30 © Varaprasad Reddy30 Making Changes in C++ Space Existing code  recompile Addition  change Makefile and recompile

31 © Varaprasad Reddy31 Making Changes in otcl Space Existing code  recompile  source Addition  source  change Makefile (NS_TCL_LIB), tcl/ns- lib.tcl (source) and recompile

32 © Varaprasad Reddy32 Installation Unix variants  Download NS-allinone-2.27 package  Contains TCL/TK oTCL 1.8 Tclcl 1.15 Ns2 Nam -1

33 © Varaprasad Reddy33 Installation  After successful downloading and unzipping install allinone package, install NS by install by calling ~/ns-allinone-2.27/install  After successful installation, Validate the scripts by running./validate in ~/ns-allinone- 2.27/ns-2.27/  Its now all set to work with NS

34 © Varaprasad Reddy34 Code for simple topology Creating a Simulator Object  set ns [new Simulator] Setting up files for trace & NAM  set trace_nam [open out.nam w]  set trace_all [open all.tr w] Tracing files using their commands  $ns namtrace-all $trace_nam  $ns trace-all $trace_all

35 © Varaprasad Reddy35 Code for simple topology Closing trace file and starting NAM  proc finish { } { global ns trace_nam trace_all $ns flush-trace close $trace_nam close $trace_all exec nam out.nam & exit 0 }

36 © Varaprasad Reddy36 Code for simple topology Creating LINK & NODE topology  Creating NODES set n1 [$ns node] set n2 [$ns node] set n3 [$ns node] set n4 [$ns node] set r1 [$ns node] set r2 [$ns node]

37 © Varaprasad Reddy37 Code for simple topology Creating LINKS  $ns duplex-link $N1 $R1 2Mb 5ms DropTail  set DuplexLink0 [$ns link $N1 $R1]  $ns duplex-link $N2 $R1 2Mb 5ms DropTail  set DuplexLink1 [$ns link $N2 $R1]  $ns duplex-link $R1 $R2 1Mb 10ms DropTail  set DuplexLink2 [$ns link $R1 $R2]  $ns duplex-link $R2 $N3 2Mb 5ms DropTail  set DuplexLink3 [$ns link $R2 $N3]  $ns duplex-link $R2 $N4 2Mb 5ms DropTail  set DuplexLink4 [$ns link $R2 $N4]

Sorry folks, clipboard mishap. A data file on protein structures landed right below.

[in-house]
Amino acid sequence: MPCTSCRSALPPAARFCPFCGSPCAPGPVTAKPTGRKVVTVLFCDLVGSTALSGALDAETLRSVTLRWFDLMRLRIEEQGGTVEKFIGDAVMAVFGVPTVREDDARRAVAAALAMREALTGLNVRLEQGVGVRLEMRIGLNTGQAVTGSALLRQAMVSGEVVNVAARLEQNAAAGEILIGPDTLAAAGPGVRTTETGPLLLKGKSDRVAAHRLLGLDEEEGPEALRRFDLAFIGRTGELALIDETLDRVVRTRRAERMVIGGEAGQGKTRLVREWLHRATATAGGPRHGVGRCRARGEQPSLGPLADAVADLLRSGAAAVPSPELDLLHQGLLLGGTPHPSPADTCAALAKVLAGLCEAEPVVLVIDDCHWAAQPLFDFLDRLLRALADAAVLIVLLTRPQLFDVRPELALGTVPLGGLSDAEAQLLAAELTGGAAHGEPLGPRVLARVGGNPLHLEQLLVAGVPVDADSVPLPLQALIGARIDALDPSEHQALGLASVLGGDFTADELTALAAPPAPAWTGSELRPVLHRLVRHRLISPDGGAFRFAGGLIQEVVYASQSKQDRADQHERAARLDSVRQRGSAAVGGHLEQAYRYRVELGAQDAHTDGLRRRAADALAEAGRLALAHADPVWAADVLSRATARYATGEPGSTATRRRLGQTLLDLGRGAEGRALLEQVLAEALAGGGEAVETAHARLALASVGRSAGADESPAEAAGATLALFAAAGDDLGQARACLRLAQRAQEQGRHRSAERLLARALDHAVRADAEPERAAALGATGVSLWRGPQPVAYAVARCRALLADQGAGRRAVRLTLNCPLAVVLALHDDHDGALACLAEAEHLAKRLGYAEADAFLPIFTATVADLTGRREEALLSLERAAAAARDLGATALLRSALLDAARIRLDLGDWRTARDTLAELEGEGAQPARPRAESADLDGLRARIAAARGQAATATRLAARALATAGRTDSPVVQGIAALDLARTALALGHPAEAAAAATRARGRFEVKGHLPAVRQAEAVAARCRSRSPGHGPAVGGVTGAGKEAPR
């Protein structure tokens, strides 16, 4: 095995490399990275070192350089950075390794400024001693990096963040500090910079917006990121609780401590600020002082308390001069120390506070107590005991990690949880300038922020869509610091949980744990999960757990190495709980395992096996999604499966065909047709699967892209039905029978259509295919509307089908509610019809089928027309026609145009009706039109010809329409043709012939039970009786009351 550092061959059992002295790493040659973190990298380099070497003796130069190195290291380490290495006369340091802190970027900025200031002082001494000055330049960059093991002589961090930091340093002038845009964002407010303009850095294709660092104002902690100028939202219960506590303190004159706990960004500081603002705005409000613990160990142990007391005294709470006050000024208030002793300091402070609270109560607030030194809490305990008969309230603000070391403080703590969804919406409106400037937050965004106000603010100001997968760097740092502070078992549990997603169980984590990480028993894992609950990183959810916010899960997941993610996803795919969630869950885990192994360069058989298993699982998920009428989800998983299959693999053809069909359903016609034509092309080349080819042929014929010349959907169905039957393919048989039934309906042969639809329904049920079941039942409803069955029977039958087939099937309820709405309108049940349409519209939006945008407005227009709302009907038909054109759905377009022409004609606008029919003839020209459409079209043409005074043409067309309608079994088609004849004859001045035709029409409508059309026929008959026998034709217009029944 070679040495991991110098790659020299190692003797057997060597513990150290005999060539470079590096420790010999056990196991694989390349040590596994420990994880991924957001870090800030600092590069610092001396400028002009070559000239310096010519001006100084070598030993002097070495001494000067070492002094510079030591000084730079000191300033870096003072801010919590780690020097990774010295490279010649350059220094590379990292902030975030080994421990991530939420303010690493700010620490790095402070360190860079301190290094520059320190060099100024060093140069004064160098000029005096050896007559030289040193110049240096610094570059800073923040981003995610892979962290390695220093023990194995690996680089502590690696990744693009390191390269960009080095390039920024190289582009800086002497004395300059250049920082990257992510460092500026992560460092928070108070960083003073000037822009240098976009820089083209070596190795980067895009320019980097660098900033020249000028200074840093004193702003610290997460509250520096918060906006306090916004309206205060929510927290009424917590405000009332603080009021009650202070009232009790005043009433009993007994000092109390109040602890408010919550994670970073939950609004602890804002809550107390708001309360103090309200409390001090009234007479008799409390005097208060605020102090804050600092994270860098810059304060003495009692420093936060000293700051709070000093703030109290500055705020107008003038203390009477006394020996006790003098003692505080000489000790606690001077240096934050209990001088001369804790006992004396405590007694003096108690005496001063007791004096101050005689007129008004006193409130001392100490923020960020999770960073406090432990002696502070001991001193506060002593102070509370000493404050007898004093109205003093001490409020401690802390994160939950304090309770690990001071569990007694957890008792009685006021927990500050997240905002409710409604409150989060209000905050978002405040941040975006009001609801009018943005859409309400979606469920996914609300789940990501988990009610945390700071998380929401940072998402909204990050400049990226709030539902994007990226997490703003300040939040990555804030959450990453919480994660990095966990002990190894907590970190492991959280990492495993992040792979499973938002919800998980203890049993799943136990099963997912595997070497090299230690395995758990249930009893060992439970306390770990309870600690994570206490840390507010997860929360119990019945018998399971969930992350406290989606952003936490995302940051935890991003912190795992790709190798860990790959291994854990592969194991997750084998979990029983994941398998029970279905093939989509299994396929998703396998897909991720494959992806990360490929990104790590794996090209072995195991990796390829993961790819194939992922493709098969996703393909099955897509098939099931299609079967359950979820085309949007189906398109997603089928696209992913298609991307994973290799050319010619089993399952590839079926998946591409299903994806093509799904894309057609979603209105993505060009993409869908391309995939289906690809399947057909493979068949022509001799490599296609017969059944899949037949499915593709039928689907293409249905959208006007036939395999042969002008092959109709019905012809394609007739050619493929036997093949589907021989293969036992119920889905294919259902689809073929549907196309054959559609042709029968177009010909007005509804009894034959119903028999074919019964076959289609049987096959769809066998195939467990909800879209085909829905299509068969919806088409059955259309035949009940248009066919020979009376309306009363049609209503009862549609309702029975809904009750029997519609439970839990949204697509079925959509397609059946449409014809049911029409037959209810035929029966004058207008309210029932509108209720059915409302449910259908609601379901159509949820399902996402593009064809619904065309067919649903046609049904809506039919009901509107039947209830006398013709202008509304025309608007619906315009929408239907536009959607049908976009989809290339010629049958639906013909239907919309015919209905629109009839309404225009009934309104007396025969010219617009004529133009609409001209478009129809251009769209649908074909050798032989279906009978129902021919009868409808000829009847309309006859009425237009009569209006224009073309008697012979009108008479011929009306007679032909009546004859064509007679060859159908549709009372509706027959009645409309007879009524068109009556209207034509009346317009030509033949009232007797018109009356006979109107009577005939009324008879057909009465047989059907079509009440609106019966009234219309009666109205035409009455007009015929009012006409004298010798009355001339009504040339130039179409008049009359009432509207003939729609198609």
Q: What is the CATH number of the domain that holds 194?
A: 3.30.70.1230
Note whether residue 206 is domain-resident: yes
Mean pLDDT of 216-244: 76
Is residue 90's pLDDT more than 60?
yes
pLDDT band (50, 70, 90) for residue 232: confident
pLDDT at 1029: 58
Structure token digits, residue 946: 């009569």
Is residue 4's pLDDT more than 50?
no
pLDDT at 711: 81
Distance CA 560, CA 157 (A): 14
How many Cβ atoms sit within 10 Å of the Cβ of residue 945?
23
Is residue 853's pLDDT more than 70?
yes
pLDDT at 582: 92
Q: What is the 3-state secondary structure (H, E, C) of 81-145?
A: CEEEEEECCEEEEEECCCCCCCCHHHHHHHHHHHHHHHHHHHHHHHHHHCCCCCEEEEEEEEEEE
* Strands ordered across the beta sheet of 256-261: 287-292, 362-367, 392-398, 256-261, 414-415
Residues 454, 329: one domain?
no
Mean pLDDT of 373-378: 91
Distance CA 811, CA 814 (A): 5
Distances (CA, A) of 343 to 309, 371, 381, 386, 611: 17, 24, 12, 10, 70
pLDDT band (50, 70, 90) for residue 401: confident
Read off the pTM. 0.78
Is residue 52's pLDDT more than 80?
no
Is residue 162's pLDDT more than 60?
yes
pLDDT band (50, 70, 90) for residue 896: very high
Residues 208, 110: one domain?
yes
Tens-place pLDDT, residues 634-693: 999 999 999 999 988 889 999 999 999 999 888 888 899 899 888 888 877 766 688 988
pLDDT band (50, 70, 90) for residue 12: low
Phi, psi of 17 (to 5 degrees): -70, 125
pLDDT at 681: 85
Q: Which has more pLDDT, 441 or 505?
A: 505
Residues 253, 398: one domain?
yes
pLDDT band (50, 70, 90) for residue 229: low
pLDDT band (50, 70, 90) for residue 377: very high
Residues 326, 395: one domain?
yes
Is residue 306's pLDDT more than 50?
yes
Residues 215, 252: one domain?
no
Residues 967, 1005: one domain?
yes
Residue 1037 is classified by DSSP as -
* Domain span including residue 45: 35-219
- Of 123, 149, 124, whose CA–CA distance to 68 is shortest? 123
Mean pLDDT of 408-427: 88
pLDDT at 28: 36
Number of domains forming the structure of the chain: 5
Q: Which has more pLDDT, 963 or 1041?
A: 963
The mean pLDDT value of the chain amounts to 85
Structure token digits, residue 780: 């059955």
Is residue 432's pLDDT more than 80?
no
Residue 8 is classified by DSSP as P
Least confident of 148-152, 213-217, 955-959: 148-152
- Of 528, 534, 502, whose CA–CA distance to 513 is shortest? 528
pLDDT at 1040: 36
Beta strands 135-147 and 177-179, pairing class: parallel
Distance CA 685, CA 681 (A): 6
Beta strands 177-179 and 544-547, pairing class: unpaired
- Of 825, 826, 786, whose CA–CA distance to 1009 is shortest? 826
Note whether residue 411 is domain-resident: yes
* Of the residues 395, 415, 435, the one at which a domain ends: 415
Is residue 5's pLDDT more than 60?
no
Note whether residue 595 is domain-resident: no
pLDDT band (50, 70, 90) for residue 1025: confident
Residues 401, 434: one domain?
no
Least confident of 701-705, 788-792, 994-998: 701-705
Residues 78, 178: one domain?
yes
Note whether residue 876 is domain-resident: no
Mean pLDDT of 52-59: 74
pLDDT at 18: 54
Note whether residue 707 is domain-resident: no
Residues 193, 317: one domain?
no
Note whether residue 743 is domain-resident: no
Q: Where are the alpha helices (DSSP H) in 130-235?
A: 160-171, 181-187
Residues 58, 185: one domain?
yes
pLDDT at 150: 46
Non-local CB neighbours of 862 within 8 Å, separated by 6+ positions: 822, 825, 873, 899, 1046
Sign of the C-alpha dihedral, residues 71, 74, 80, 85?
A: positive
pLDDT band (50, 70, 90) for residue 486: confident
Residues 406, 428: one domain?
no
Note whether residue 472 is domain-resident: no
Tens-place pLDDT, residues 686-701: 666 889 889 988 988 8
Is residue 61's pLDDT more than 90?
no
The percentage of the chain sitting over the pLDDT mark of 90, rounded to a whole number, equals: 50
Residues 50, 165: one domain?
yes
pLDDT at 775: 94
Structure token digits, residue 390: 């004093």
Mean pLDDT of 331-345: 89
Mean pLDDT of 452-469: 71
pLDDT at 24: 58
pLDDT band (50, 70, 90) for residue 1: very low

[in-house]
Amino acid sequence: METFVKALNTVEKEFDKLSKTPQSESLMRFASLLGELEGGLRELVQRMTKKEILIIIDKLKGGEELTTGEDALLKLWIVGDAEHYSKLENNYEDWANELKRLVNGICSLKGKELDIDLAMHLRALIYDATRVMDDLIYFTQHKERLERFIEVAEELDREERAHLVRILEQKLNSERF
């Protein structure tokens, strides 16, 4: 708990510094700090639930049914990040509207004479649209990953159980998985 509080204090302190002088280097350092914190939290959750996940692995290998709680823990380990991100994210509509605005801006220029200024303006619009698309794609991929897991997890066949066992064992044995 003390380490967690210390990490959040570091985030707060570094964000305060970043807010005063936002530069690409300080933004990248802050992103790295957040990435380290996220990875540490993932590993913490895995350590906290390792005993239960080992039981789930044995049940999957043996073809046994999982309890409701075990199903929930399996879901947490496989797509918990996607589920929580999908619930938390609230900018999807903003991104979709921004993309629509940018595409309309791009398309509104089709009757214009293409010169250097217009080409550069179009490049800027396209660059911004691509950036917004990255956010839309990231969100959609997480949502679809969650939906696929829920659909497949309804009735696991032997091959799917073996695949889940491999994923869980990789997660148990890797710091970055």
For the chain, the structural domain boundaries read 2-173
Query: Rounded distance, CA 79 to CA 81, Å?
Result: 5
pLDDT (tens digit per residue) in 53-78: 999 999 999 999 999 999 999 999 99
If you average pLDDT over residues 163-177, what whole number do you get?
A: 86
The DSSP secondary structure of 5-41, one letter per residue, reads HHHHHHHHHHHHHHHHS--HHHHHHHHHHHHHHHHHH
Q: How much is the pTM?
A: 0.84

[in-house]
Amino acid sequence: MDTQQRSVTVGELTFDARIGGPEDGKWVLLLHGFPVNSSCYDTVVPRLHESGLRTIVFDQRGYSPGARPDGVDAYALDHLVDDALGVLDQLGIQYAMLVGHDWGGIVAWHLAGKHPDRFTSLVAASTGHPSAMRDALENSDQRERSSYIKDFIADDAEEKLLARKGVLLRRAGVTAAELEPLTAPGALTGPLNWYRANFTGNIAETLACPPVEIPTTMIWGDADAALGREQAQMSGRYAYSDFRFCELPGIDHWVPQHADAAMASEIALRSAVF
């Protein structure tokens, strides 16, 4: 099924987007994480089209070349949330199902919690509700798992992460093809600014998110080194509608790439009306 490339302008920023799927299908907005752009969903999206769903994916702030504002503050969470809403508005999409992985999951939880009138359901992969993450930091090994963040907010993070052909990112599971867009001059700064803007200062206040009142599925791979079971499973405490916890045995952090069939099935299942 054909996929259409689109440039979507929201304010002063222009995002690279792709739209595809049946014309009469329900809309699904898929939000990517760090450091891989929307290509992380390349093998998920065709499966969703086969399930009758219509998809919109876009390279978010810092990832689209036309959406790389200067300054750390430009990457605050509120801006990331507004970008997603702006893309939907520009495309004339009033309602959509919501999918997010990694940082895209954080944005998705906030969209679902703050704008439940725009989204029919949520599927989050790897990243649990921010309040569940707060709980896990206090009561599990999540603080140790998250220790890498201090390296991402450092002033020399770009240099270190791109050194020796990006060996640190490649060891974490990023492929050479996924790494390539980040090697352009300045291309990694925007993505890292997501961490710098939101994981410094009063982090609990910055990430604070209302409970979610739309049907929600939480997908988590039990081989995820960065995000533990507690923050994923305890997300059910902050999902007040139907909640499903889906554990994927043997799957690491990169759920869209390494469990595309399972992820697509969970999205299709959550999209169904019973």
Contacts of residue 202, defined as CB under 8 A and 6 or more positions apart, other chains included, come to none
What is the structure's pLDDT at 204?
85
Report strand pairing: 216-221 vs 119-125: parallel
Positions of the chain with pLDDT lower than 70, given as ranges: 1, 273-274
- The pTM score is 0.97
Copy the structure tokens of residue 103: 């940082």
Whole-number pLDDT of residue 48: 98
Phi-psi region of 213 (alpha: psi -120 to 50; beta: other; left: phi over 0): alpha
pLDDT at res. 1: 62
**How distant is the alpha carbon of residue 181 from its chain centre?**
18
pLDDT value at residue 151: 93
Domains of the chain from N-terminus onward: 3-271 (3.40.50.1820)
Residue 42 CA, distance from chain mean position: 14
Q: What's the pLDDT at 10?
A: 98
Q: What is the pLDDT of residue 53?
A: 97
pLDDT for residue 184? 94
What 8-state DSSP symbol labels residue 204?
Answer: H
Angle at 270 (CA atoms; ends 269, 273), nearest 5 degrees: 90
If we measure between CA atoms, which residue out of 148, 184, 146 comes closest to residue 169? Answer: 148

38 © Varaprasad Reddy38 Code for simple topology Orientation of links  $ns duplex-link-op $N1 $R1 orient right- down  $ns duplex-link-op $N2 $R1 orient right-up  $ns duplex-link-op $R1 $R2 orient right  $ns duplex-link-op $R2 $N3 orient right-up  $ns duplex-link-op $R2 $N4 orient right-down

39 © Varaprasad Reddy39 Final topology Generated

40 © Varaprasad Reddy40 Traffic topology aimed at

41 © Varaprasad Reddy41 Generating Traffic Attaching AGENT TCP to NODE 1  set TCP1 [new Agent/TCP]  $ns attach-agent $N1 $TCP1 Attaching AGENT TCP to NODE 2  set TCP2 [new Agent/TCP]  $ns attach-agent $N2 $TCP2 Attaching AGENT TCP to NODE 3  set TCP3 [new Agent/TCPSink]  $ns attach-agent $N2 $TCP3 Attaching AGENT TCP to NODE 4  set TCP4 [new Agent/TCPSink]  $ns attach-agent $N2 $TCP4

42 © Varaprasad Reddy42 Generating Traffic Attaching Application (FTP)  set FTP0 [new Application/FTP]  set FTP1 [new Application/FTP]  $FTP0 attach-agent $TCP0  $FTP1 attach-agent $TCP1

43 © Varaprasad Reddy43 Setting simulation times $ns at 0.5 "$FTP0 start" $ns at 0.5 "$FTP1 start" $ns at 10.0 "$FTP0 stop" $ns at 10.0 "$FTP1 stop“ $ns at 10.0 “finish” Making NS run  $ns run

44 © Varaprasad Reddy44